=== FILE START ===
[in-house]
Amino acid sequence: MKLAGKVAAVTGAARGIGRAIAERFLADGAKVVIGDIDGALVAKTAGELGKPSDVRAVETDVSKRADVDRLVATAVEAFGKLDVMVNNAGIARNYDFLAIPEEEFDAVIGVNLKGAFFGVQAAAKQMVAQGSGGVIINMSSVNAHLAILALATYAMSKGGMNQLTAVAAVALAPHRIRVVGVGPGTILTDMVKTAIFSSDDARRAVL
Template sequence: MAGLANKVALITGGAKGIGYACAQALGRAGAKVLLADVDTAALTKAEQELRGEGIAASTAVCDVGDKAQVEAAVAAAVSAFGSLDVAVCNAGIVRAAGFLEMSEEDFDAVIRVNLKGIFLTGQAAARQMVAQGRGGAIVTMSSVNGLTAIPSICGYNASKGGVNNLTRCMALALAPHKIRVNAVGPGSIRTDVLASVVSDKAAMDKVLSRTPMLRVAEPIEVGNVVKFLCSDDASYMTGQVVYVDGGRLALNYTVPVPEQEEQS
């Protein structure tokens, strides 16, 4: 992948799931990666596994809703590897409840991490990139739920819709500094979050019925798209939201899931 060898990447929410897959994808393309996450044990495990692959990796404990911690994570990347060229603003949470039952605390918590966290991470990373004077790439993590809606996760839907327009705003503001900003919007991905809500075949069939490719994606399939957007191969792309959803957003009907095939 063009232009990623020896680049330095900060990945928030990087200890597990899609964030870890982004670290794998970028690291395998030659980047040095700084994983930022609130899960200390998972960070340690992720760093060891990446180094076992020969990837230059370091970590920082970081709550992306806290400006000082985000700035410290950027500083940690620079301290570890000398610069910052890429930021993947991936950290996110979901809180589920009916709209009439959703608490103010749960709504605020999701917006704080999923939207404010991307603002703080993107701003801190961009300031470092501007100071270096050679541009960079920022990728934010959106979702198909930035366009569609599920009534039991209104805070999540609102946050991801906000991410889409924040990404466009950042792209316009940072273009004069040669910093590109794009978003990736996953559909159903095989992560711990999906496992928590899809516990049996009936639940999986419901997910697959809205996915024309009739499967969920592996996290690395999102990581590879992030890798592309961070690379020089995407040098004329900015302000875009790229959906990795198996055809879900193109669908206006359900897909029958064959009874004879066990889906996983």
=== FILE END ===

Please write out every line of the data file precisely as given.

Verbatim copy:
[in-house]
Amino acid sequence: MKLAGKVAAVTGAARGIGRAIAERFLADGAKVVIGDIDGALVAKTAGELGKPSDVRAVETDVSKRADVDRLVATAVEAFGKLDVMVNNAGIARNYDFLAIPEEEFDAVIGVNLKGAFFGVQAAAKQMVAQGSGGVIINMSSVNAHLAILALATYAMSKGGMNQLTAVAAVALAPHRIRVVGVGPGTILTDMVKTAIFSSDDARRAVL
Template sequence: MAGLANKVALITGGAKGIGYACAQALGRAGAKVLLADVDTAALTKAEQELRGEGIAASTAVCDVGDKAQVEAAVAAAVSAFGSLDVAVCNAGIVRAAGFLEMSEEDFDAVIRVNLKGIFLTGQAAARQMVAQGRGGAIVTMSSVNGLTAIPSICGYNASKGGVNNLTRCMALALAPHKIRVNAVGPGSIRTDVLASVVSDKAAMDKVLSRTPMLRVAEPIEVGNVVKFLCSDDASYMTGQVVYVDGGRLALNYTVPVPEQEEQS
């Protein structure tokens, strides 16, 4: 992948799931990666596994809703590897409840991490990139739920819709500094979050019925798209939201899931 060898990447929410897959994808393309996450044990495990692959990796404990911690994570990347060229603003949470039952605390918590966290991470990373004077790439993590809606996760839907327009705003503001900003919007991905809500075949069939490719994606399939957007191969792309959803957003009907095939 063009232009990623020896680049330095900060990945928030990087200890597990899609964030870890982004670290794998970028690291395998030659980047040095700084994983930022609130899960200390998972960070340690992720760093060891990446180094076992020969990837230059370091970590920082970081709550992306806290400006000082985000700035410290950027500083940690620079301290570890000398610069910052890429930021993947991936950290996110979901809180589920009916709209009439959703608490103010749960709504605020999701917006704080999923939207404010991307603002703080993107701003801190961009300031470092501007100071270096050679541009960079920022990728934010959106979702198909930035366009569609599920009534039991209104805070999540609102946050991801906000991410889409924040990404466009950042792209316009940072273009004069040669910093590109794009978003990736996953559909159903095989992560711990999906496992928590899809516990049996009936639940999986419901997910697959809205996915024309009739499967969920592996996290690395999102990581590879992030890798592309961070690379020089995407040098004329900015302000875009790229959906990795198996055809879900193109669908206006359900897909029958064959009874004879066990889906996983």